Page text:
The Radioactive Isotope Beam Factory (RIBF) at RIKEN’s Nishina Center for Accelerator-Based Science has “the same budget as before [the earthquake], but can run only 20–30% of the usual time” because of increased electricity prices, says center director Hideto En’yo. The reductions vary by site, he says, but they are similar at facilities across the country. He says the budget from RIKEN would keep RIBF open for about one and a half months a year. “You have to beg.” So far, he’s managed to keep RIBF open about five months a year.

Last August, the RIBF international advisory committee’s top recommendation was to find money to keep the facility running eight months a year. “Only this will allow RIBF to fully exploit the unique time window open for the upcoming years to establish and maintain its world leading position in this research area [radioactive ion beams],” wrote the committee, which was chaired by Robert Tribble of Brookhaven National Laboratory. Among the RIBF advances that the committee singled out are “the discovery of many new isotopes, evidence for the modification of shell structure far from stability, great strides in mapping out the rapid neutron capture process line, and the definitive determination of element 113.”

Muhsin Harakeh of the University of Groningen in the Netherlands was until recently the chair of RIBF’s program advisory committee, which ranks scientists’ proposals. He notes that because run time is scarce, the rate of approval for experiments on RIBF has sunk to 20%. It should be around 50%, he says. “At this rate of giving beam time, the backlog [in approved projects] is two-and-a-half to three years.”

For fiscal year 2015, which began on 1 April, RIKEN’s budget was reduced by 3%, or ¥1.6 billion ($13.2 million). “That’s viewed as a major cut in Japan, where science funding used to be very stable,” notes Hitoshi Murayama, director of the Kavli Institute for the Physics and Mathematics of the Universe in Tokyo and a faculty member at the University of California, Berkeley. “I’m concerned that this is a new general trend due to a tremendous amount of national debt.”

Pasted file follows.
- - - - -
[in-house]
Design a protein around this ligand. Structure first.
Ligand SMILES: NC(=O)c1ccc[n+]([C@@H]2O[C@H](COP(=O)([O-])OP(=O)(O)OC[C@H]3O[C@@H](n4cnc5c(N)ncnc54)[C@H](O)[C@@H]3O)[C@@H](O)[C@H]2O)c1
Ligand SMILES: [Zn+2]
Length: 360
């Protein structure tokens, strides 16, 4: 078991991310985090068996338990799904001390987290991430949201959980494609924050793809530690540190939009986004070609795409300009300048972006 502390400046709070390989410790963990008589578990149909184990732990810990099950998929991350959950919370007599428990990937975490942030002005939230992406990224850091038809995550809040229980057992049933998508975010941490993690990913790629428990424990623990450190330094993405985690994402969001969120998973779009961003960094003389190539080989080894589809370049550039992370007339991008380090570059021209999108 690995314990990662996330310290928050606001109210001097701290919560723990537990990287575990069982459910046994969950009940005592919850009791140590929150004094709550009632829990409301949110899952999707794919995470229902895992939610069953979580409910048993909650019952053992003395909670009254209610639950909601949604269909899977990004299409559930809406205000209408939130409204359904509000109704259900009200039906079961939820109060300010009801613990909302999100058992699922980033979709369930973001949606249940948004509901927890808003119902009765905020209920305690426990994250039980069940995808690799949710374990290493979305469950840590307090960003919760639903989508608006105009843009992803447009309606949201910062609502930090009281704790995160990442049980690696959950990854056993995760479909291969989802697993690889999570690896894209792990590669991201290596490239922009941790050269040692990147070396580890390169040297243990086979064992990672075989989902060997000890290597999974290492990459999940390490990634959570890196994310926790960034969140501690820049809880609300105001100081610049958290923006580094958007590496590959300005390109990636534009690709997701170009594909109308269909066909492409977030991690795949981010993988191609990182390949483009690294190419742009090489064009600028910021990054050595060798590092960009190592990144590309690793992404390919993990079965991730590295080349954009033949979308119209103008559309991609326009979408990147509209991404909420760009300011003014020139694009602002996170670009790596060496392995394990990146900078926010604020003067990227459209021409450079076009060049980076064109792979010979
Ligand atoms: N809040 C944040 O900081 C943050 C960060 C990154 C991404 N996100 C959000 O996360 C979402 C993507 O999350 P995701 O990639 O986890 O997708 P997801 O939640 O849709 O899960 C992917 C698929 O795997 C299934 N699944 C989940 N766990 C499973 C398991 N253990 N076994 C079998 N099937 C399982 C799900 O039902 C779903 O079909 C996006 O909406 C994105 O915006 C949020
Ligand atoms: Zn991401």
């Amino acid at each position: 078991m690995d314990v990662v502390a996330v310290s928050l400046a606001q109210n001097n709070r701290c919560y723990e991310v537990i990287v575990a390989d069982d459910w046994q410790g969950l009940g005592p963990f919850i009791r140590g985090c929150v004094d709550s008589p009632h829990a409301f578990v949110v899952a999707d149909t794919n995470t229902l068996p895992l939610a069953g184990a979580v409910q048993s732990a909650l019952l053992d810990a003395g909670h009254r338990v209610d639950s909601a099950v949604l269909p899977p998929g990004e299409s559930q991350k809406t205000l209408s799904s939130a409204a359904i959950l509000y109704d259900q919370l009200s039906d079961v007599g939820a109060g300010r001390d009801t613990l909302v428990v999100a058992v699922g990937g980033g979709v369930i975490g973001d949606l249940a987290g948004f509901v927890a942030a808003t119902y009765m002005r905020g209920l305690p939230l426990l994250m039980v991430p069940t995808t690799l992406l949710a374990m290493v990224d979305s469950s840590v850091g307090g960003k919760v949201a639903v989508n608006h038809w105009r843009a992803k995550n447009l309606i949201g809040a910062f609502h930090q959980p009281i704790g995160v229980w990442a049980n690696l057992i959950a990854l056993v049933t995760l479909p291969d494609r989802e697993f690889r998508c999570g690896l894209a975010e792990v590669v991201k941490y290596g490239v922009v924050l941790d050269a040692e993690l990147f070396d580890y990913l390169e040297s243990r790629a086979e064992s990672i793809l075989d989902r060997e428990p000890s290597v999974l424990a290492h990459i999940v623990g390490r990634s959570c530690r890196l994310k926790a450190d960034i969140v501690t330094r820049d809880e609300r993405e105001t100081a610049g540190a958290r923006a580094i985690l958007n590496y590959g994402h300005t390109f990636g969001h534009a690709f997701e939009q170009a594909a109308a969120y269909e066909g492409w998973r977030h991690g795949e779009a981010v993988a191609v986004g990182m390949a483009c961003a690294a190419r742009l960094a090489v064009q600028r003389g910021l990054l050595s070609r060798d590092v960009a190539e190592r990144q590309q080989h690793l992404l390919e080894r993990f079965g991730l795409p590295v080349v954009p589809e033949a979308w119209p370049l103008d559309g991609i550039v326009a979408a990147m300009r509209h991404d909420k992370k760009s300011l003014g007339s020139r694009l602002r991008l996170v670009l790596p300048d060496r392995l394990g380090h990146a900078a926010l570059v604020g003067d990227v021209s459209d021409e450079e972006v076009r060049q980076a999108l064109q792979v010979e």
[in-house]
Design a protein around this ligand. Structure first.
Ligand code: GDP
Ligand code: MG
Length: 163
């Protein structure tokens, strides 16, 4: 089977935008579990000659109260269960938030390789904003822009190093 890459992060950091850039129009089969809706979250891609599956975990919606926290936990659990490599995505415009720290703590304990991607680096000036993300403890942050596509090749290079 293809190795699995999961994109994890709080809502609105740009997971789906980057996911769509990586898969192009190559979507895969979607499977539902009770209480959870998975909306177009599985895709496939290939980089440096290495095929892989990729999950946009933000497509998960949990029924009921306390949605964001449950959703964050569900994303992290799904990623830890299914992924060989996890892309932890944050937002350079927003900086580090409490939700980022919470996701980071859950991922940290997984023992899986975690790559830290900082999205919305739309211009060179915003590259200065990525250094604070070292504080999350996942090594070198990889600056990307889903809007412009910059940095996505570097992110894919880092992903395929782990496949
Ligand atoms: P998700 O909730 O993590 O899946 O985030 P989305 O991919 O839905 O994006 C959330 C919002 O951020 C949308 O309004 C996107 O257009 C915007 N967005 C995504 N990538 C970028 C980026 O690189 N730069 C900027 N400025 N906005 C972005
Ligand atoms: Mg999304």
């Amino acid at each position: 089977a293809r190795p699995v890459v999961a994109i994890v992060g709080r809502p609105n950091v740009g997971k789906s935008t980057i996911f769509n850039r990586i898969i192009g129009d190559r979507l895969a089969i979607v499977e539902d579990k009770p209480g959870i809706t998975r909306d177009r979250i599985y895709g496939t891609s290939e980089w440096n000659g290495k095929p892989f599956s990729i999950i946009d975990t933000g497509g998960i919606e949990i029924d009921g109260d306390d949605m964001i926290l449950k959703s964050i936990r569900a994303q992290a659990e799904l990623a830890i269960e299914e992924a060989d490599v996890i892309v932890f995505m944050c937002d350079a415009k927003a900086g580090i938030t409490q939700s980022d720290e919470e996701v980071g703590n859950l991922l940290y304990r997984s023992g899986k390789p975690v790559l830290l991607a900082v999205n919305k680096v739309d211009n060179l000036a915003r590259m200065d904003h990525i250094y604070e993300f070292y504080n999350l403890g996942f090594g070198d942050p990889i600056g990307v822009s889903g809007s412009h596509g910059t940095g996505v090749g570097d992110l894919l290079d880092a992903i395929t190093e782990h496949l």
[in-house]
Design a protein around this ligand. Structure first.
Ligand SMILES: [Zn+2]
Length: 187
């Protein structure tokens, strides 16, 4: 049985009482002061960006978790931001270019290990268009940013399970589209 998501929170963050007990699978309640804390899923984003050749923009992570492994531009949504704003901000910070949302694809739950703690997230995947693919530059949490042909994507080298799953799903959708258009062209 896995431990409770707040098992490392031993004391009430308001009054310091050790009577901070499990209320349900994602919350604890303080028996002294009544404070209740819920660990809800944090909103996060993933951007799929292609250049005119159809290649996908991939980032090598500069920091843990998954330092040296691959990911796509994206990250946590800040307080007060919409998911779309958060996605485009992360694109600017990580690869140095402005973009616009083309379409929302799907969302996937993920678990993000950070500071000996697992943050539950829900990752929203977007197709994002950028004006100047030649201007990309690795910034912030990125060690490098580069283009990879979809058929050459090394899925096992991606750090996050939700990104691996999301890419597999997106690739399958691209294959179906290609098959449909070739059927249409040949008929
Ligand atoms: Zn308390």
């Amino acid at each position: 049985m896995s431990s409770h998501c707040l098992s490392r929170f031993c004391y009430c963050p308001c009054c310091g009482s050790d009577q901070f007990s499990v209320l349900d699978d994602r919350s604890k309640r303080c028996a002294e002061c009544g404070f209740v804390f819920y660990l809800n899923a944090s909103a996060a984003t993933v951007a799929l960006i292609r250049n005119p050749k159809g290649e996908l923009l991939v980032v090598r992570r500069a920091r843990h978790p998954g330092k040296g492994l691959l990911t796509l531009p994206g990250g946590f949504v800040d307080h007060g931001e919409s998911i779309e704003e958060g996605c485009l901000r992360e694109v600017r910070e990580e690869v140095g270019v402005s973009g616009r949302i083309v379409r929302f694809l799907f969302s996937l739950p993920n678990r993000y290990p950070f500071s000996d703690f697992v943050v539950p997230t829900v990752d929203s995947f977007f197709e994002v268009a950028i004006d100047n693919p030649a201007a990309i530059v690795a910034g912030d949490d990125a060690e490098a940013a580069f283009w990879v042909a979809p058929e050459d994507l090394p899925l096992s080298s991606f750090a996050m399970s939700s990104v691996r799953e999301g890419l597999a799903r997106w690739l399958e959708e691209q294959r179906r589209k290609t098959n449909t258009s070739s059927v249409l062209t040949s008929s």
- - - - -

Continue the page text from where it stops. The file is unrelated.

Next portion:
University budgets are also being squeezed, and their facilities are suffering. The Research Center for Electron Photon Science (ELPH), a user facility at Tohoku University, for example, reopened in late 2013 after recovering from the 2011 earthquake. About 40% of the cost of running ELPH’s 1.3-GeV electron synchrotron and three linear accelerators is for electricity, and with the high prices, the facility was open just six months last year. “The 30% increase [in the cost of electricity] was very serious,” says ELPH director Hajime Shimizu. “We cannot do anything without the beams. We need a new idea to solve the problem in the current Japanese budget system.”

The Research Center for Nuclear Physics at Osaka University “is a beautiful facility for stable beams,” says Harakeh, who does research there. “And they have a high-resolution spectrometer. For helium-3 charge-exchange experiments, which are important for determining Gamow–Teller matrix elements for nuclear structure, astrophysics, and neutrinoless double-beta decay, this is the best facility in the world.” But competition is fierce for shrinking time on the facility. “It’s very frustrating, especially for our PhD students,” Harakeh says. “You try to do other experiments at other places,” he says. “They are less pressing physics-wise, but still original.”

Reintroducing nuclear power would help bring electricity prices down in the short term, says En’yo. But taking into account nuclear waste, the longer-term costs are unclear. “The nuclear power cycle is not completed yet, so the cost is not clear,” he says. “If we start existing power plants tomorrow, it’s almost costless, because we have the fuel and the infrastructure. But in the long term? That’s a totally different question.”

For now, En’yo says, “everywhere, people are begging the government. It’s not systematic.” Saito says the country’s Ministry of Education, Culture, Sports, Science and Technology (MEXT) “is making a lot of effort to help us, but so far is not fully successful.” Although direct cause and effect are hard to pinpoint, Japan’s joining the Thirty Meter Telescope in 2013 and its preparations to host the 2020 Olympics are among many pressures on the MEXT budget.

“We try to increase the operational budget from MEXT,” says Saito. “If it continues like this, we can’t provide data for students. That is not desirable.”